By Meagan Jones
The “Writer’s Workshop” blog posts are meant to be a collage of writer’s tips, tricks, and strategies, including the first steps to publishing, writing prompts, strategies for writer’s block, and a general jumble of ideas to help you in your quest to create and publish.
“So you want to publish,” the old woman’s gnarled hand beckons you forward. Her long nose is speckled with dark spots, and one of her olive green eyes drifts lazily to the left. Her silver hair is knotted into a bun, held together with pencils (as a true artist’s should). She sits on a rocking chair, covered in quilted blankets, directly in front of a crackling fire. It is boiling in there, yet you walk forward.
“Yes,” you say, and the old woman nods.
“Good,” she says, “Now throw your work into the fire.”
The first step to any part of publishing is – wait for it – having the courage to do so. It’s great; you’ve finally managed to complete a draft of that story that’s always been bobbing around in your head, and you’re thinking it’s about time to send it out. There are plenty of eligible bachelor(ette) literary (and art) magazines out there, and at least one of them must want to accept your work.
But how do you start looking for the best ones to submit to? And yes – unless one of the magazine’s requirements is that you must only submit to them, and only them, you should be looking through several websites to find the perfect matches (for a good list of literary magazines and publishers, I would personally recommend the website Poets and Writers <pw.org>, which has a large database of possible magazines). Looking down the list of eligible websites, a few may catch your eye.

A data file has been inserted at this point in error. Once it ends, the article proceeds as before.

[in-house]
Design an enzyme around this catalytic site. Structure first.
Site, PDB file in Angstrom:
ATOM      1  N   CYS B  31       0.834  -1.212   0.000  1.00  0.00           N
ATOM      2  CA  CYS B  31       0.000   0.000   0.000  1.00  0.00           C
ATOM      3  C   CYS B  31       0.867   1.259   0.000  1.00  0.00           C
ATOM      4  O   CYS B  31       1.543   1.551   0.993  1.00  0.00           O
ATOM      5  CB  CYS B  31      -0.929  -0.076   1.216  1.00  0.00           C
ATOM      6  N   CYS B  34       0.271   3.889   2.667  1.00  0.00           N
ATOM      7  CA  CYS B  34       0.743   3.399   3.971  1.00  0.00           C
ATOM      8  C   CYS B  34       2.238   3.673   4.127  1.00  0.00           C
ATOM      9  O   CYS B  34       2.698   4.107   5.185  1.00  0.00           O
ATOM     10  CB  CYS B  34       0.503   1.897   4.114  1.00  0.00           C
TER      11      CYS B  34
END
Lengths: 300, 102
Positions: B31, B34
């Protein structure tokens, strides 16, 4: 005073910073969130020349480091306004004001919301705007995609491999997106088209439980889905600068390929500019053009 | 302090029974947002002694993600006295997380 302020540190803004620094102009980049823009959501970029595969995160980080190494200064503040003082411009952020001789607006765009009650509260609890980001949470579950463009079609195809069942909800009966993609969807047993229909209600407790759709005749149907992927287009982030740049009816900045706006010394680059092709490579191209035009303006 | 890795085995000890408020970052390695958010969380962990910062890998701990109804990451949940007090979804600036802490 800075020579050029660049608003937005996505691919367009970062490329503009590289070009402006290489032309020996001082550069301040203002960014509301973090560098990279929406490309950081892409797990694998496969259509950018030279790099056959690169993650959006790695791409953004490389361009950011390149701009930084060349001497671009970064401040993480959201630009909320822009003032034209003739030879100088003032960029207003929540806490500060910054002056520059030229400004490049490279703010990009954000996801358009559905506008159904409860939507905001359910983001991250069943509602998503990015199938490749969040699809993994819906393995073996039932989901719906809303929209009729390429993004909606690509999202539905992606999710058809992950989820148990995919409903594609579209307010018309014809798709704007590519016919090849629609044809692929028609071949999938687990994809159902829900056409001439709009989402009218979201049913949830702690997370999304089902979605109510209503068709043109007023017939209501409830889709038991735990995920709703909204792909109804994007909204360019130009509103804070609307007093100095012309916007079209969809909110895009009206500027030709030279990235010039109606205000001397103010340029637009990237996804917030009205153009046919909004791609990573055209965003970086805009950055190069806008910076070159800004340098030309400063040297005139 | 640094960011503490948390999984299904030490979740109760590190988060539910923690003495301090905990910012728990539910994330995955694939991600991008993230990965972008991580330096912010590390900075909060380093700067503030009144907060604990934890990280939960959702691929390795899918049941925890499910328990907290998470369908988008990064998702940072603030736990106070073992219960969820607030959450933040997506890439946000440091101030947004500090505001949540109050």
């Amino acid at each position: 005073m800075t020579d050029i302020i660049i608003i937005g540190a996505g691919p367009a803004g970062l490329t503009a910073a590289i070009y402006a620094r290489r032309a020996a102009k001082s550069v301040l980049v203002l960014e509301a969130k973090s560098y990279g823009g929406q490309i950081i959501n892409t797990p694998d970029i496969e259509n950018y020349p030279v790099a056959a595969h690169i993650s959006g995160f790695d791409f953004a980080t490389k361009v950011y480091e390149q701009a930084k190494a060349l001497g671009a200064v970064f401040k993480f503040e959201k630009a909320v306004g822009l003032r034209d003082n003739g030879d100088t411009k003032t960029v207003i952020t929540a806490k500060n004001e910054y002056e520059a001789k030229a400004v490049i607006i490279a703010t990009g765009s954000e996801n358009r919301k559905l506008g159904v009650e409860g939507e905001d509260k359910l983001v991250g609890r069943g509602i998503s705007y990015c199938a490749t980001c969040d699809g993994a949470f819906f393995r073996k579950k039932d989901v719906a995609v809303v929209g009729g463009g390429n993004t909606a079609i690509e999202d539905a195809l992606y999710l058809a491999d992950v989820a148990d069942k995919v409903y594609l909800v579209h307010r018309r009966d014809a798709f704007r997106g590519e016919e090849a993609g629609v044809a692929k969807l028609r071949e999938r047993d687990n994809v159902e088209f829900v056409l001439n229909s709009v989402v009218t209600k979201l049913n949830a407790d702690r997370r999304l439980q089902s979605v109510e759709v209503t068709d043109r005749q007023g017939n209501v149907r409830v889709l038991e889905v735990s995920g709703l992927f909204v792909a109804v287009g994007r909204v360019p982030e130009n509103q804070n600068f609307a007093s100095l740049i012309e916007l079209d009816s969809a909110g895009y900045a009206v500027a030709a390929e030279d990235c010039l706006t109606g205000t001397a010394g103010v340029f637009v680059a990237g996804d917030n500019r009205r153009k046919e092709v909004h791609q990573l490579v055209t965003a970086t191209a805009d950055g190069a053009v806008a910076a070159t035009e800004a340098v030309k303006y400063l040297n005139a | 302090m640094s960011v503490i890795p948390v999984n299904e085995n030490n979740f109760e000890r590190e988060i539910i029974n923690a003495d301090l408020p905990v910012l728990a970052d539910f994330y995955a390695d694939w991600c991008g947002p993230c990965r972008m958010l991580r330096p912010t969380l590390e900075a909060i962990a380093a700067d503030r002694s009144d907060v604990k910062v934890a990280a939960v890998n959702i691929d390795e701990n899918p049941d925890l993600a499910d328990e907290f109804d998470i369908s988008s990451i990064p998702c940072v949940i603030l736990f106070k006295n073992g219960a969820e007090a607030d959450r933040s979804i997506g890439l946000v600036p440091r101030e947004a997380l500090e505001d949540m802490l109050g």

Here is the best advice I can give you:
If you’re interested in the magazine, submit to them.
If you are not interested in a publication, if it doesn’t catch your eye, if you look through the type of work they publish and it doesn’t sound like your story/poem/art, this magazine is not for you. I cannot stress that enough. I’m not trying to discourage you from submitting to the magazine. But if you don’t like the content, then chances are, you just won’t feel that same twinge of satisfaction when your work is published. It could also mean that your specific work might not be the right fit for the magazine itself. Do right by your story, poem, or artwork and give it the home it deserves.
Once you become interested in a magazine or publisher, read.
Read, read, read.
I know, I know. You’re not here to read. You’re here because you want to publish. But remember: this is your bachelor(ette). You want to know as much about them as you can. An editor’s biggest pet peeve is when a submitter sends an email with the title “Dear Mrs. Carter,” when there hasn’t been a “Mrs. Carter” on staff in four years.
In essence, make sure you know everything about the publication. It will really help, I assure you. Knowing the most about your magazines will let you know whether or not your work will be the right fit, according to what the editors have published already.
Ultimately, though, whether or not you decide to submit to a particular publication depends on what you want to submit. Choose a magazine or journal that best fits the aesthetic of your work. If a journal mostly publishes long, flowing poems, then it might not publish your fast-paced flash fiction. Think about your piece and what it wants. You don’t want it to feel out of place with its Bachelor(ette) after all.
(I say as we shamelessly hope that we are the perfect one for you)